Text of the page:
colouring therapy

Colouring Books



Is this stress management? Or the infantilisation of society? Drawing conclusions about the rise of adult colouring books…

MPs playing Candy Crush, Twitter trolls acting like schoolyard bullies, grown-ups in onesies. The lines between childhood and adulthood have got so blurred that Britain has become Neverland peopled by a generation of Lost Boys (and girls), chidults clinging onto eternal youth.

This notion of perpetual youth is feeding a publishing trend that is sweeping the world. Colouring books aimed at adults are selling in their hundreds of thousands. In France, a country known more for its cuisine than its colouring, the titles outsell cookbooks. Last year, Johanna Basford’s Jardin Secret (published in the UK as Secret Garden: An Inky Treasure Hunt and Colouring Book) sold more than one million copies.

In these adult colouring books, there are no Peppa Pigs or Disney princesses to colour in, instead intricately drawn animals and symmetrical shapes to finish as you fancy. Facebook groups and Tumblr pages have sprouted up allowing people to share their homemade mini-masterpieces with others. You can also have a go at redesigning a Da Vinci or Klimt, and Mel Elliott’s collection, Colour Me Swooooon, allows you to make Harry Styles’ eyes whatever colour you please, and dye George Clooney’s silver hair.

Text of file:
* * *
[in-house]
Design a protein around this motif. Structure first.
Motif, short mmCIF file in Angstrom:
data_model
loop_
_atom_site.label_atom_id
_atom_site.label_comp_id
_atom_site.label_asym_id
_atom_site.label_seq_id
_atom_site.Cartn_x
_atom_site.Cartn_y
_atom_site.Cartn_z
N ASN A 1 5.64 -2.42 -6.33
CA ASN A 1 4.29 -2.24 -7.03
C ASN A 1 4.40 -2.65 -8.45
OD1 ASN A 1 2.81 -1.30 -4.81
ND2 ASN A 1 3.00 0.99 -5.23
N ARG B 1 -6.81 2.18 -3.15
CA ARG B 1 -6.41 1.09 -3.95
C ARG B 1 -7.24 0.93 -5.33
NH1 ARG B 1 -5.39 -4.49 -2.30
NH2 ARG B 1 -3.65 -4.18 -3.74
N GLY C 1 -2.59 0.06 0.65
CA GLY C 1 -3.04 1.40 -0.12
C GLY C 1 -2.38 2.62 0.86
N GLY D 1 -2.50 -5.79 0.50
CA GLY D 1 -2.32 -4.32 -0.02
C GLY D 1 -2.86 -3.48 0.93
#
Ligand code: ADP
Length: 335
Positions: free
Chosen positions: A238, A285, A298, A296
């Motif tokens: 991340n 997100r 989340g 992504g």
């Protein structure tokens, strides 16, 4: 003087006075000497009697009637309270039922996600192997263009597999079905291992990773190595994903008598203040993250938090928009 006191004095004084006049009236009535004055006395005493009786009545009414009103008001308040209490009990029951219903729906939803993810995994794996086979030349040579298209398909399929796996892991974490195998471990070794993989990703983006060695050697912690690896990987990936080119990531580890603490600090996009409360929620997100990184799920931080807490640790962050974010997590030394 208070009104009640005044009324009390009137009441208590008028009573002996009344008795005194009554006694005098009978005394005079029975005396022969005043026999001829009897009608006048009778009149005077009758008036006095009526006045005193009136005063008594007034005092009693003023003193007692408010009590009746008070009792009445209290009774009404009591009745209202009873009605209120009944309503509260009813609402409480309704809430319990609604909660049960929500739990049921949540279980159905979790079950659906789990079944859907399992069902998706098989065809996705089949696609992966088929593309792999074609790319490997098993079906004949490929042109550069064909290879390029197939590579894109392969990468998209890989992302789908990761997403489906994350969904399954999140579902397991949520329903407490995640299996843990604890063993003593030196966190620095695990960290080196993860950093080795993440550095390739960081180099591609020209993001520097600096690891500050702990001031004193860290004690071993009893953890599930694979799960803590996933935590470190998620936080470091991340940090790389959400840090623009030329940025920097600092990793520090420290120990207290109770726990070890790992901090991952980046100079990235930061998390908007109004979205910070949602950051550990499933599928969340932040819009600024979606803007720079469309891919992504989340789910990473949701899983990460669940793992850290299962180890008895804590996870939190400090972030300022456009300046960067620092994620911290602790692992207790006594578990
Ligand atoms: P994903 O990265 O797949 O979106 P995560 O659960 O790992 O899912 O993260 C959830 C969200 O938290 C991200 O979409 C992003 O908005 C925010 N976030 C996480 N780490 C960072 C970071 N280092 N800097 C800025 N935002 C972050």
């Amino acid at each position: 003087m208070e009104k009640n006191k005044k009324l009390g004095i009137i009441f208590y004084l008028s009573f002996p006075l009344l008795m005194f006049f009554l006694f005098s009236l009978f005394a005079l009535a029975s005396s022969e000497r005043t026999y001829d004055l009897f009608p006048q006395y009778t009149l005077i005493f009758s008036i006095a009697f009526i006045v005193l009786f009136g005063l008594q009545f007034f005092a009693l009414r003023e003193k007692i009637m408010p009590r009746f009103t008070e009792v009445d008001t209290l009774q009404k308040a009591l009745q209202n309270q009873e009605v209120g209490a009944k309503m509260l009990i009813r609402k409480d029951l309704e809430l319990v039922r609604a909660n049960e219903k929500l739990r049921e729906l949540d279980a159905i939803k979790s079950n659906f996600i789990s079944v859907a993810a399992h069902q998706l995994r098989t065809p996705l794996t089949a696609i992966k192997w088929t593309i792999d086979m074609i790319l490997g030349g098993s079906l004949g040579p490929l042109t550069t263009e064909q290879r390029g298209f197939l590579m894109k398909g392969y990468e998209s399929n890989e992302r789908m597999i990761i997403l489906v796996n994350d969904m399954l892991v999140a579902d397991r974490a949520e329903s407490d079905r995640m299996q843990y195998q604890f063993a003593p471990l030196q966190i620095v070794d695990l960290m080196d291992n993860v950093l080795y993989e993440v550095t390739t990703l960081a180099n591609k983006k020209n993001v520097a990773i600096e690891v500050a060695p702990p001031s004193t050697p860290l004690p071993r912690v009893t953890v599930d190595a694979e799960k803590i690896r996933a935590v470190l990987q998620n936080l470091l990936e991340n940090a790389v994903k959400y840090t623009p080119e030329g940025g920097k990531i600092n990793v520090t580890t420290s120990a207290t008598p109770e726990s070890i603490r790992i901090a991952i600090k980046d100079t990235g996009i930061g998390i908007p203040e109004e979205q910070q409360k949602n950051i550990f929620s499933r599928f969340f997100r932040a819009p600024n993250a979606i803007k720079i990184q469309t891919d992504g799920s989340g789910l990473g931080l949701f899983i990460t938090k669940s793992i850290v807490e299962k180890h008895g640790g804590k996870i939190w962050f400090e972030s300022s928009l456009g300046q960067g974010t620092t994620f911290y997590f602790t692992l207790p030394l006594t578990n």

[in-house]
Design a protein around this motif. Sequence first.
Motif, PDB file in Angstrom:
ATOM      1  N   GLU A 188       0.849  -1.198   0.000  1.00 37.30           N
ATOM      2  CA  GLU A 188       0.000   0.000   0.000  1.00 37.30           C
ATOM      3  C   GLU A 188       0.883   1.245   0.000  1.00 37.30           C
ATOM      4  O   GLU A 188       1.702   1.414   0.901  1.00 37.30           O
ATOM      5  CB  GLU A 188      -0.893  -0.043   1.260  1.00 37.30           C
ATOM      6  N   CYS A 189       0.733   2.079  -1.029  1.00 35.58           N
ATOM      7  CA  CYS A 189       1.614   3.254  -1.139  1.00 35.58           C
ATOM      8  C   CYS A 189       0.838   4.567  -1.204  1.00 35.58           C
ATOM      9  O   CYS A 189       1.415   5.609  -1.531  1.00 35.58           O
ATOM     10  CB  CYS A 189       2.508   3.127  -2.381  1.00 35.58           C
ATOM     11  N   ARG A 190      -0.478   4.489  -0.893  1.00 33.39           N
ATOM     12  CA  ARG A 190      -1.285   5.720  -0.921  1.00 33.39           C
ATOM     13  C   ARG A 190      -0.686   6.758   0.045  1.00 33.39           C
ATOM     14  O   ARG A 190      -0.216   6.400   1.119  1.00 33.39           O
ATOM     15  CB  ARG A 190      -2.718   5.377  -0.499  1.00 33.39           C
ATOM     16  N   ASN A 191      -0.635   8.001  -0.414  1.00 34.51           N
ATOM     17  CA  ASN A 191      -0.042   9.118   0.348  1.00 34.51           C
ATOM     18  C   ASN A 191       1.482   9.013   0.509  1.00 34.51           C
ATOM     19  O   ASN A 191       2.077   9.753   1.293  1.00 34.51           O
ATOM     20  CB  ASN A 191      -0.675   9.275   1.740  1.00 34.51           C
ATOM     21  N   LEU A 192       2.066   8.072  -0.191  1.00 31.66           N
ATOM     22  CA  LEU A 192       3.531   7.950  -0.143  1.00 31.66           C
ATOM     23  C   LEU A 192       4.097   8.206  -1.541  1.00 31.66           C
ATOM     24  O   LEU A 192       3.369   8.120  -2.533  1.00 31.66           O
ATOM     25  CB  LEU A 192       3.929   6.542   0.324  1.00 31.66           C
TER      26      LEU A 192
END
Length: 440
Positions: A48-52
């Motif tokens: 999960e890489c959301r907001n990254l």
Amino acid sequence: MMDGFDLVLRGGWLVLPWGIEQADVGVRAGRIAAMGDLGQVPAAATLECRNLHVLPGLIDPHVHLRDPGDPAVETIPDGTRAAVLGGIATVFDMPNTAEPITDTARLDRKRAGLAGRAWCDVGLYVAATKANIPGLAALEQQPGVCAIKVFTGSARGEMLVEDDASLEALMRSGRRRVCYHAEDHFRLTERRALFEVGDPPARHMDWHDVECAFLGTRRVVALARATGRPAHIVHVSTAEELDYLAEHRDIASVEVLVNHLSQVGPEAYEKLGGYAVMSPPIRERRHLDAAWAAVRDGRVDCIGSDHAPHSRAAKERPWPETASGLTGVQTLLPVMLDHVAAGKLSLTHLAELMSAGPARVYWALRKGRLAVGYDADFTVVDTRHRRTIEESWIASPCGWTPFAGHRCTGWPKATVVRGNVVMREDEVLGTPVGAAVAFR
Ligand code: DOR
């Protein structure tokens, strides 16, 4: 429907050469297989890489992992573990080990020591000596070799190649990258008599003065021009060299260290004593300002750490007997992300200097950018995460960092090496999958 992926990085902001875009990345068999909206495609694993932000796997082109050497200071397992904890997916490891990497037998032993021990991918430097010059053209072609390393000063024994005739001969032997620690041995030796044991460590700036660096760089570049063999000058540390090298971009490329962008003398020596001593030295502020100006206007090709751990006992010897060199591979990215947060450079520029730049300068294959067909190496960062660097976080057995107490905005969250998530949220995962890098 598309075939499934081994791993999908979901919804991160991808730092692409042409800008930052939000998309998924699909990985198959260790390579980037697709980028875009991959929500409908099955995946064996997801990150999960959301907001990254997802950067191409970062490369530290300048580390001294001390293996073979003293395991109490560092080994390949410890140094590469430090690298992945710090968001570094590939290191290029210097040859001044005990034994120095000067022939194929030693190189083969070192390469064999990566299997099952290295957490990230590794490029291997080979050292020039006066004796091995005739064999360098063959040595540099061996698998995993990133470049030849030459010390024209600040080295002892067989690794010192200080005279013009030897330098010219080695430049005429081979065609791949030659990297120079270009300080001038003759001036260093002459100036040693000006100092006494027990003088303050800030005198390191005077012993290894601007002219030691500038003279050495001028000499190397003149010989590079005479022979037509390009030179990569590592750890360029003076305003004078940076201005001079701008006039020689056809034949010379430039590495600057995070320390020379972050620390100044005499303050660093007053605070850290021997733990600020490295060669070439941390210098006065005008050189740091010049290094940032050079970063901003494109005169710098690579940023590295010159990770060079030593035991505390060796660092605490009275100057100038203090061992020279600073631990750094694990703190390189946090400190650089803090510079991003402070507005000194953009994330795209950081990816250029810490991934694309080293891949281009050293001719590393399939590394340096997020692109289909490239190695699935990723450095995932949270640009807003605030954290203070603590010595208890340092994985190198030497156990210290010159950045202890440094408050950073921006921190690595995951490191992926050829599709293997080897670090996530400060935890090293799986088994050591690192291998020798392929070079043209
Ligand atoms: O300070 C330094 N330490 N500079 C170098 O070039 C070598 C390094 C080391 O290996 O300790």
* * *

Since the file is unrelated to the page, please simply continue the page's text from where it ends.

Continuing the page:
Colouring in is billed as an alternative way to beat anxiety

But this is not simply child’s play. Colouring in is billed as an alternative way to beat anxiety and disconnect from modern life’s constant connectivity… So does it work?

I bought some Crayola felt tip pens to tackle Colour Therapy: An Anti-Stress Colouring Book, which promises that I can ‘doodle and colour my stress away’. It is handsomely bound and contains dozens of ornate line drawings, skulls, flowers and a mesmerising menagerie of animals. The designs are so detailed they are almost intimidating. The intricacy of the patterns makes it impossible not to trespass over the lines, so the experience increases rather than soothes anxiety.